information with their prescriptions. The proposed rule also described 
criteria for usefulness to permit evaluation of whether the information 
met the target goals.\2\ In addition to setting these goals, the 
proposed rule was designed to require manufacturers to prepare and 
distribute Medication Guides for a limited number of prescription drug 
products that posed a serious and significant public health concern.
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    \2\ FDA also specified that the usefulness of written patient 
information would be evaluated based on its scientific accuracy, 
consistency with a standard format, nonpromotional tone and content, 
specificity, comprehensiveness, understandable language, and 
legibility.
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3. Medication Guide Legislation
    On August 6, 1996, as FDA was reviewing the public comments on the 
1995 proposed rule, Public Law 104-180 was enacted.\3\ It adopted goals 
and time frames consistent with the 1995 proposed rule. The legislation 
also required the Secretary of HHS (the Secretary) to request that a 
representative group of interested stakeholders collaborate to develop 
a long-range comprehensive action plan (the Action Plan) to achieve the 
goals specified in the statute. Required elements of the Action Plan 
included the following items:
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    \3\ Public Law 104-180, Title VI, Sec 601 Effective Medication 
Guides, 110 Stat 1593 (1996).
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     An assessment of the effectiveness of the current private-
sector approaches to providing CMI;
     Development of guidelines for providing effective CMI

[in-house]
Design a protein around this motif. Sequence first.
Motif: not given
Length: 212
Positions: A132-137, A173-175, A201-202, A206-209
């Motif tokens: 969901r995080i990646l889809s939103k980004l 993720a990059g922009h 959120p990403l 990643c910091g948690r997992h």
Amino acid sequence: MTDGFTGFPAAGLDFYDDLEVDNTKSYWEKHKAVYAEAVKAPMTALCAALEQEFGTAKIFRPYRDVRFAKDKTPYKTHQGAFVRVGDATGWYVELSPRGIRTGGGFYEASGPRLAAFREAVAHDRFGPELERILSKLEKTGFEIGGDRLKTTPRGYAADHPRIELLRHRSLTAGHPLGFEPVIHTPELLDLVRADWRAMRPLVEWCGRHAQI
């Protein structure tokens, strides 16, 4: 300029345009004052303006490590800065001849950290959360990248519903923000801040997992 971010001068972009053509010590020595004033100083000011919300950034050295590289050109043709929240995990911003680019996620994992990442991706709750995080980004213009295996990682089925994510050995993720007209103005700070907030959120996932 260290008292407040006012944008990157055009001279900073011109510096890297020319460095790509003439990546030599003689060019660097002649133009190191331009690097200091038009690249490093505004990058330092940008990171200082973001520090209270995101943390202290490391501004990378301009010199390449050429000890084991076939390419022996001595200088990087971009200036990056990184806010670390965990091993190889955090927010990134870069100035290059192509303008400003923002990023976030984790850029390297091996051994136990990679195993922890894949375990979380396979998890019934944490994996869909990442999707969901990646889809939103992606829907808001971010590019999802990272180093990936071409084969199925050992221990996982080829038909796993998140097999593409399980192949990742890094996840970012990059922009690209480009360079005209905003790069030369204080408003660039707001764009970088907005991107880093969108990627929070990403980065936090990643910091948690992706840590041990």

consistent with the findings of such assessment;
     Identification of components necessary to ensure the 
transmittal of useful information to the public expected to use the 
product, including the criteria identified in the 1995 proposed rule; 
and
     Development of a mechanism to periodically assess the 
quality of prescription information and the frequency with which that 
information is provided to consumers.
    The law prohibited FDA from taking further regulatory steps 
specifying a uniform content or format for written information 
voluntarily provided to consumers about prescription drugs if private-
sector initiatives met the goals of the plan within the specified time 
frames. However, if evaluations showed that the goals were not met, the 
limitation would not apply, and the Secretary would be required to seek 
public comment on other initiatives that could meet the goals.

B. The Development and Implementation of the Action Plan

    As mentioned previously in this document, a steering committee 
comprised of interested stakeholders, facilitated by the Keystone 
Center, collaboratively developed the Action Plan, which the Secretary 
accepted in January 1997. The Action Plan endorsed the criteria 
specified in Public Law 104-180 for defining the usefulness of 
medication information. Specifically, the Action Plan stated that 
``[p]rescription medicine information shall be useful to consumers'' 
and provided criteria that are intended to define useful CMI. As stated 
in the Action Plan, useful written information is that which ``* * * is 
sufficiently comprehensive and communicated [in] such [a way] that 
consumers can make informed decisions about how to receive the most 
benefit from medicines and protect themselves from harm. Both the 
substance and presentation of the information are important.'' 
Specifically, the Action Plan stated that such materials should meet 
the following criteria: